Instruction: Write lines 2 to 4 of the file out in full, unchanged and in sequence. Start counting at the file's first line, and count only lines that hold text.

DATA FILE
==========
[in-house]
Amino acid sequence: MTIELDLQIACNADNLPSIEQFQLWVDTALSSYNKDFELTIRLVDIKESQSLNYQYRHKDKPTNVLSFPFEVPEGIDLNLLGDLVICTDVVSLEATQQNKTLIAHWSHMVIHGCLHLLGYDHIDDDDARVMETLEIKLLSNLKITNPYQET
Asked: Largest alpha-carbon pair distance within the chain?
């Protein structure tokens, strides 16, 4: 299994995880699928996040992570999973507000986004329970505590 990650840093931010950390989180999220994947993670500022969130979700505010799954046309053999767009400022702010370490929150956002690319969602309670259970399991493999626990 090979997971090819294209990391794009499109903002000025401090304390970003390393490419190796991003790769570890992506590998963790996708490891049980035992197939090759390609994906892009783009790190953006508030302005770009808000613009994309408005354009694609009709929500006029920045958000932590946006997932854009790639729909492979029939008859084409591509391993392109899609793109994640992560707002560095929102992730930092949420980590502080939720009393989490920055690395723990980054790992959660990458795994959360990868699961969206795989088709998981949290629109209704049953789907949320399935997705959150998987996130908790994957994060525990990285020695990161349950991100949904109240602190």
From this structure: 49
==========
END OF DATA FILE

Amino acid sequence: MTIELDLQIACNADNLPSIEQFQLWVDTALSSYNKDFELTIRLVDIKESQSLNYQYRHKDKPTNVLSFPFEVPEGIDLNLLGDLVICTDVVSLEATQQNKTLIAHWSHMVIHGCLHLLGYDHIDDDDARVMETLEIKLLSNLKITNPYQET
Asked: Largest alpha-carbon pair distance within the chain?
């Protein structure tokens, strides 16, 4: 299994995880699928996040992570999973507000986004329970505590 990650840093931010950390989180999220994947993670500022969130979700505010799954046309053999767009400022702010370490929150956002690319969602309670259970399991493999626990 090979997971090819294209990391794009499109903002000025401090304390970003390393490419190796991003790769570890992506590998963790996708490891049980035992197939090759390609994906892009783009790190953006508030302005770009808000613009994309408005354009694609009709929500006029920045958000932590946006997932854009790639729909492979029939008859084409591509391993392109899609793109994640992560707002560095929102992730930092949420980590502080939720009393989490920055690395723990980054790992959660990458795994959360990868699961969206795989088709998981949290629109209704049953789907949320399935997705959150998987996130908790994957994060525990990285020695990161349950991100949904109240602190």